Southeast Asian Producers on Increased Budgets for Independent Films, Local Challenges: ‘We Have to Hit it Hard Right Now’

A heavyweight producers panel discussed the modalities of producing independent films in Southeast Asia at a mylab panel on the sidelines of the Busan International Film Festival on Thursday.

Panelists included: Liza Diño, former chair of Film Development Council of the Philippines (FDCP) who had greenlit several films during her tenure; Indonesia’s Yulia Evina Bhara, producer of Venice-winner “Autobiography” that’s also playing at Busan; Thailand’s Donsaron Kovitvanitcha, producer of Locarno and Busan title “Arnold is a Model Student,”; and Malaysia’s Haris Sulong, producer of “Beautiful Mind.” The discussion was moderated by Variety Asia editor Patrick Frater.

Bhara said that the entry of giant global streamers into the region has had a positive effect on the quality of productions and has also driven up budgets. Where once $100,000 was considered a high budget for independent films, now they can touch $900,000-$1 million, Bhara said. Much of the funding comes from Southeast Asian agencies like the FDCP and Singapore’s IMDA, and from European funds. However, the funds also come with spending obligations in the country of origin and the challenge is to work out how to maximize them and bring them to the country of production, Bhara said.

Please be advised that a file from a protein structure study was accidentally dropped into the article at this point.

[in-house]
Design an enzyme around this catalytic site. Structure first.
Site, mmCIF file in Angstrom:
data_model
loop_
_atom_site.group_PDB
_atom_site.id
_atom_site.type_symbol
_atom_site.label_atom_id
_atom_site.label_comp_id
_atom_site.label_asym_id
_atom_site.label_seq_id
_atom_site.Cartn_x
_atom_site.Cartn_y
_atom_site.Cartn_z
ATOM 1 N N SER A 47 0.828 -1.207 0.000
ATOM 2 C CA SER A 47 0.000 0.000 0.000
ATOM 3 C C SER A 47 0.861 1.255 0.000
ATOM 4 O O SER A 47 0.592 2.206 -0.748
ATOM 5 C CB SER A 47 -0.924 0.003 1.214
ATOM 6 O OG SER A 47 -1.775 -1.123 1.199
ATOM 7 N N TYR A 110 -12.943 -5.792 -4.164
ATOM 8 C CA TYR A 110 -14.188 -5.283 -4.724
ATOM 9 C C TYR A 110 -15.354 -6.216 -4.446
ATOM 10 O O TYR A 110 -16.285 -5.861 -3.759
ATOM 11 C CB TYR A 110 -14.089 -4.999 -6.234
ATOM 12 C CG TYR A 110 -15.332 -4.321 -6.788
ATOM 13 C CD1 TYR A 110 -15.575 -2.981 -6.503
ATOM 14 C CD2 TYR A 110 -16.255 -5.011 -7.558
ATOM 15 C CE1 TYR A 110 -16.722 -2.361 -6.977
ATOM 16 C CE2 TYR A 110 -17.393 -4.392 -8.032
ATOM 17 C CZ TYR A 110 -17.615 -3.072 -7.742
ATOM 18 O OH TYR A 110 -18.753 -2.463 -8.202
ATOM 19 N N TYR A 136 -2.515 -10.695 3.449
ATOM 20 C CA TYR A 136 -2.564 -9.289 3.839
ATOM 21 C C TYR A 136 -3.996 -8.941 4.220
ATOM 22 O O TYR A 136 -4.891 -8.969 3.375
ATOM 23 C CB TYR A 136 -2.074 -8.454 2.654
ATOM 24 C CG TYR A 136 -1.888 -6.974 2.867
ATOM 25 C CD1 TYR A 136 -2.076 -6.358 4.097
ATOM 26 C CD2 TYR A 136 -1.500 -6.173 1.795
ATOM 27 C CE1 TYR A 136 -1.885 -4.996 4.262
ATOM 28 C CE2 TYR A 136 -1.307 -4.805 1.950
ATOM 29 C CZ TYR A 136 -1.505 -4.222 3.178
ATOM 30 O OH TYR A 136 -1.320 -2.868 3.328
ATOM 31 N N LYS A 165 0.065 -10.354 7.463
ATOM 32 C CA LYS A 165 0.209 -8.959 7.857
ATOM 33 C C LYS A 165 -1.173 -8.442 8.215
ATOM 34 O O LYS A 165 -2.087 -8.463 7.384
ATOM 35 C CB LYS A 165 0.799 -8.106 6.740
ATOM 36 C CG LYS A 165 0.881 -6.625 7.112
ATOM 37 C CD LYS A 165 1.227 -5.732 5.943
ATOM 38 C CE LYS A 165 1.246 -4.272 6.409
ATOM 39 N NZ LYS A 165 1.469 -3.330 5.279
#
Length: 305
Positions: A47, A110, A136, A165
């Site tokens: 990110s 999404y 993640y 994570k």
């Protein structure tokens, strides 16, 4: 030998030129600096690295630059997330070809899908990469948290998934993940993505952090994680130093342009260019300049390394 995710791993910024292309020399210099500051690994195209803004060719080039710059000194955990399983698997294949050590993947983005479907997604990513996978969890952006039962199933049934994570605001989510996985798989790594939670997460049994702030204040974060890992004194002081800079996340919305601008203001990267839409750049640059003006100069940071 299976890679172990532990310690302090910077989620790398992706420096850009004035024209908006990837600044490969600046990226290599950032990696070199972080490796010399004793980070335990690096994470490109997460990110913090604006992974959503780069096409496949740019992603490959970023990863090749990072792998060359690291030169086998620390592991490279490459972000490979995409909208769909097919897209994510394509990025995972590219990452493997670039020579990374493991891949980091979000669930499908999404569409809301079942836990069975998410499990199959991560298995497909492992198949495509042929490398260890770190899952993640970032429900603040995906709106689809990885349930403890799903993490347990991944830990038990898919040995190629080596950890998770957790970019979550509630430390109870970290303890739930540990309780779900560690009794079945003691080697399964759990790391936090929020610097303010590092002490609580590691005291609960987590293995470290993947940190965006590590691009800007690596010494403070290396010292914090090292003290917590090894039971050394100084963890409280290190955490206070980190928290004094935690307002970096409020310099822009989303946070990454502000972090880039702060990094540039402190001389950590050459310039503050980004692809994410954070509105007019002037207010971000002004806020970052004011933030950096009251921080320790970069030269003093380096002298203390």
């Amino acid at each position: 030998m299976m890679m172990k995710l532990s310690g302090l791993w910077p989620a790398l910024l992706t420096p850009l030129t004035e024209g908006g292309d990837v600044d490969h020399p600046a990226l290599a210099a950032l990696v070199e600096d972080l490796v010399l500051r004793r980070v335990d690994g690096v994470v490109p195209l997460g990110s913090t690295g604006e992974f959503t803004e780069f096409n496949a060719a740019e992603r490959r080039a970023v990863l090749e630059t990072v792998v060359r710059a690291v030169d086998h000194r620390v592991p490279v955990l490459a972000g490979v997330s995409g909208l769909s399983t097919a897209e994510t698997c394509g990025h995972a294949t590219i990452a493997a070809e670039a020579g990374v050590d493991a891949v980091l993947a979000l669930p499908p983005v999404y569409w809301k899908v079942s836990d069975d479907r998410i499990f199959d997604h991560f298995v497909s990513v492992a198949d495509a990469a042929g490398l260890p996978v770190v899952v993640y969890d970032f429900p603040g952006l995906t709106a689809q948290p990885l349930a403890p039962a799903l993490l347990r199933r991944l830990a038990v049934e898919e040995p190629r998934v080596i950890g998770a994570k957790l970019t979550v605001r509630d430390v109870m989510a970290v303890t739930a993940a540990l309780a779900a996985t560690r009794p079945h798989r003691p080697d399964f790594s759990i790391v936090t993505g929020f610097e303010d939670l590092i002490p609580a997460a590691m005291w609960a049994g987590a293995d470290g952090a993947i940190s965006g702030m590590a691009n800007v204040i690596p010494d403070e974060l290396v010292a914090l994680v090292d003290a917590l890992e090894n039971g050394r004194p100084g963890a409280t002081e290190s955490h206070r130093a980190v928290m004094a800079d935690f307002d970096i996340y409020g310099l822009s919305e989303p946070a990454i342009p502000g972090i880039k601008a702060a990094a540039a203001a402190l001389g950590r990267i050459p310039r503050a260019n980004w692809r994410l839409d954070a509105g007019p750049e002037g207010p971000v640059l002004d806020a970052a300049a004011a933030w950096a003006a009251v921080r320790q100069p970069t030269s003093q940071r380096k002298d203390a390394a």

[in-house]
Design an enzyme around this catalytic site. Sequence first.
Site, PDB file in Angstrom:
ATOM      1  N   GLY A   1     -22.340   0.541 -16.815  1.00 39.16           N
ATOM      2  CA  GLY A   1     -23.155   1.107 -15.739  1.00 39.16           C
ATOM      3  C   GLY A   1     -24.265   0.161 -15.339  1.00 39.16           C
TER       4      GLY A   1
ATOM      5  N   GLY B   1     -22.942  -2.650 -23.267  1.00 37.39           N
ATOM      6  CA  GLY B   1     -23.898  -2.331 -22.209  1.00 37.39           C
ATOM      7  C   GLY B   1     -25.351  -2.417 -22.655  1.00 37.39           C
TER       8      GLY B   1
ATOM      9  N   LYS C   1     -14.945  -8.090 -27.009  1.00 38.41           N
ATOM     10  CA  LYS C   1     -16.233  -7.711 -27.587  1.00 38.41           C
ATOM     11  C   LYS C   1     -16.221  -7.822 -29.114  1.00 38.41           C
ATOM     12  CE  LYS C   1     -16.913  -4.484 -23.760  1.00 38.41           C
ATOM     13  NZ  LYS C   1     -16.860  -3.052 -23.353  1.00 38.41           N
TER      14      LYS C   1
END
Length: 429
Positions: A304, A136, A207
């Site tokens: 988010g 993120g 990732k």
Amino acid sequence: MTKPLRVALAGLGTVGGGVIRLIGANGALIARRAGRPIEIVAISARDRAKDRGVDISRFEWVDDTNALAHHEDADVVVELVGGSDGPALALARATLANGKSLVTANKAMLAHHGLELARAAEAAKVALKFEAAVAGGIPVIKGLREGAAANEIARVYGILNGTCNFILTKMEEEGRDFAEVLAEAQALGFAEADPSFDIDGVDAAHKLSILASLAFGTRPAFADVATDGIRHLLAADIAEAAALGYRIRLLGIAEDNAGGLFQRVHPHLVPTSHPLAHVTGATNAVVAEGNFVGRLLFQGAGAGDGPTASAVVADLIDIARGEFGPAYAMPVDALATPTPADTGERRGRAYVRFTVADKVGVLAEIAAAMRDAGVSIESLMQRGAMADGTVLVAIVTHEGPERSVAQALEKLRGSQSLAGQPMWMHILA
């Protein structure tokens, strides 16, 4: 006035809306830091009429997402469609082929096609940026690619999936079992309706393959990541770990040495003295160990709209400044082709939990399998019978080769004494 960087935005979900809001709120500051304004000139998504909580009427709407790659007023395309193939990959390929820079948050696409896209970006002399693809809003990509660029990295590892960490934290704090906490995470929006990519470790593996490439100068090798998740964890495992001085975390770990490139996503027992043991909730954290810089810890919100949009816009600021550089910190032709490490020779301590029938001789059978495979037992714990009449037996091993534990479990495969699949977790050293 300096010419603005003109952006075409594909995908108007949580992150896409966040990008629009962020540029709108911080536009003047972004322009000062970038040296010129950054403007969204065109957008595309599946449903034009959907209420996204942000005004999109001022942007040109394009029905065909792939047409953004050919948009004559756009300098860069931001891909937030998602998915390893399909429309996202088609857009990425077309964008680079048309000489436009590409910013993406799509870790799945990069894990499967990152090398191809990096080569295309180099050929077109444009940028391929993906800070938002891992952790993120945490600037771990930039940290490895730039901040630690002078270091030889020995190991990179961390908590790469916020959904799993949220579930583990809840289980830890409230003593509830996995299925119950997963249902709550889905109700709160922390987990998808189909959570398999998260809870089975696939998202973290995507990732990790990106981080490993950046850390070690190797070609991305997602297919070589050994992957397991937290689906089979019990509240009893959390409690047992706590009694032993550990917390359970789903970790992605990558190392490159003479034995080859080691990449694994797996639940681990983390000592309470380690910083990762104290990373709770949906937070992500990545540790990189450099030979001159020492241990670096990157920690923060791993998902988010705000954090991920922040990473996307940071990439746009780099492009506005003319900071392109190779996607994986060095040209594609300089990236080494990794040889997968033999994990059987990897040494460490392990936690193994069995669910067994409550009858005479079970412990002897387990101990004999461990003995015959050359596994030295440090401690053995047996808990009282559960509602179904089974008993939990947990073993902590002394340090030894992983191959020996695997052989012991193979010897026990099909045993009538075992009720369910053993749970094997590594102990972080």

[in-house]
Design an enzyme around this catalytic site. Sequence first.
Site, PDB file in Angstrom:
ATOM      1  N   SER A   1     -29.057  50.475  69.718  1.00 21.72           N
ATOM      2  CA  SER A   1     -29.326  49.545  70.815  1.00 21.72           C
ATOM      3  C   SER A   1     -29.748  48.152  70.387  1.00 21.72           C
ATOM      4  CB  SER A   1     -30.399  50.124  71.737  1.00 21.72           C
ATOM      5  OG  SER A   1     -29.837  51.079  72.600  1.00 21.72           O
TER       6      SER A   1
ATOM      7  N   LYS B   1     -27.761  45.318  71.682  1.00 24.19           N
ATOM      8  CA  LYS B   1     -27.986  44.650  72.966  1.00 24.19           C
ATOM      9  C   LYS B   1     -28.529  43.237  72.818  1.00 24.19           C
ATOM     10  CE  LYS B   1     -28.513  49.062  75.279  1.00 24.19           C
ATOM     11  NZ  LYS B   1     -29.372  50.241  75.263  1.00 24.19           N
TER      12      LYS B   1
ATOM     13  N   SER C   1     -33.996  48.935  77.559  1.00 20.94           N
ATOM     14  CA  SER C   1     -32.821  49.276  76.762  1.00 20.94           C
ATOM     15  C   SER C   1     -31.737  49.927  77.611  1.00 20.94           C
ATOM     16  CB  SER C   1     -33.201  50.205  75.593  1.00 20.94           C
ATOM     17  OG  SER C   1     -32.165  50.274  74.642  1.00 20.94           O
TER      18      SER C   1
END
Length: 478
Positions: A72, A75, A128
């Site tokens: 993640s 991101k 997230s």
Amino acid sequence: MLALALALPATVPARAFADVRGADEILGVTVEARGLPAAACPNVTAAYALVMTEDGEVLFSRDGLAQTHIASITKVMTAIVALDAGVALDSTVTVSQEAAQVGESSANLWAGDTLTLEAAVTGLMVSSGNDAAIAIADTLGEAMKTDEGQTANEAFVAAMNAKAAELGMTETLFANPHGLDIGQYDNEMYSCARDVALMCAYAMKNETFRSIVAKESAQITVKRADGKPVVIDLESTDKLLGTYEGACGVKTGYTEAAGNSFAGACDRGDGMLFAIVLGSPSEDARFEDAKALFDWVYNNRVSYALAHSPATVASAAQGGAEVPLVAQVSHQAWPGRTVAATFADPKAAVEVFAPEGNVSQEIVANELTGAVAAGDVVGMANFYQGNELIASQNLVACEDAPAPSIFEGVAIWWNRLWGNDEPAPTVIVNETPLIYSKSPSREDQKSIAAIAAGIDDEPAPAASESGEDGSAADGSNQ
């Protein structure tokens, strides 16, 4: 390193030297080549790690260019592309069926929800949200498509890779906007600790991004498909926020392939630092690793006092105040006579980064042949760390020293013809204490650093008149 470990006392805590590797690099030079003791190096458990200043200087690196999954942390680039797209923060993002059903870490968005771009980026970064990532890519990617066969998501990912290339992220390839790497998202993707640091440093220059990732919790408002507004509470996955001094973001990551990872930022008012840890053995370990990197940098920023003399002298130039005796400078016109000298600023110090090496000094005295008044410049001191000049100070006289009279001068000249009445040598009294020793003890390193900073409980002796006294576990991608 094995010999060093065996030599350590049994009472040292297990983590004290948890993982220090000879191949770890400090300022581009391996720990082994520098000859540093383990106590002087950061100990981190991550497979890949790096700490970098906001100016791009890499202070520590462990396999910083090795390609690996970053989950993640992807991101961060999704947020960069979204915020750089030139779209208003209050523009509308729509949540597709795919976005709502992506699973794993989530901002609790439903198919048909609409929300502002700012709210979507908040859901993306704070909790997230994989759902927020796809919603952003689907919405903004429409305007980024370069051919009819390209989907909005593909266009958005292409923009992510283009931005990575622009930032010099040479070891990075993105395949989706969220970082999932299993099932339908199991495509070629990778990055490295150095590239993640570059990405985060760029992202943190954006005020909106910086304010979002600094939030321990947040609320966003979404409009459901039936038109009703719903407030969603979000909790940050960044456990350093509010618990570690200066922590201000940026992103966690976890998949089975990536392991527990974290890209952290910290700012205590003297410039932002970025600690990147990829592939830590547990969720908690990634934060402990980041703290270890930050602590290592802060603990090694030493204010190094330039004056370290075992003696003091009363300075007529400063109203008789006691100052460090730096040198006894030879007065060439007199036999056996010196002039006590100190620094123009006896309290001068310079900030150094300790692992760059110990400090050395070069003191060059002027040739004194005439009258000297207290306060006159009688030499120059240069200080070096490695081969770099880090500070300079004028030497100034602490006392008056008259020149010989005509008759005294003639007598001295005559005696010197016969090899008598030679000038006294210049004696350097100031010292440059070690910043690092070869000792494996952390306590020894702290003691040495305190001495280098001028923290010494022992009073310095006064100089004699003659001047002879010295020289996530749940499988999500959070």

Diño concurred and said that budgets in the Philippines for independent films have also gone up to $1 million and going international allows filmmakers to realize their cinematic visions with apposite budgets. “If we align with international producers, our valuation with the streamers go up,” Dino said.

Government-backed film agencies like the FDCP don’t exist in all Southeast Asian countries. In Thailand, for example, government support for film is “scattered,” Kovitvanitcha said, adding that development has to be privately funded and is often the preserve of the wealthy.

In countries where government support does exist, like in Malaysia, which has FINAS (National Film Development Corporation Malaysia), there are generous disbursements towards labs and other development initiatives, but sometimes policy continuity can be affected when political power changes hands, Sulong said.

“The fear is with that change – so with the next minister, we don’t know what change will come. But the grant will still be there,” Sulong said, adding that the current grants panel is good and has the ability to visualize concepts that are pitched to them.

Overall, the mood was that of cautious optimism. “There’s this energy coming from Southeast Asia right now that we just really have to embrace,” said Diño. “And we need that impetus – we need to galvanize and we have to hit it hard right now.”

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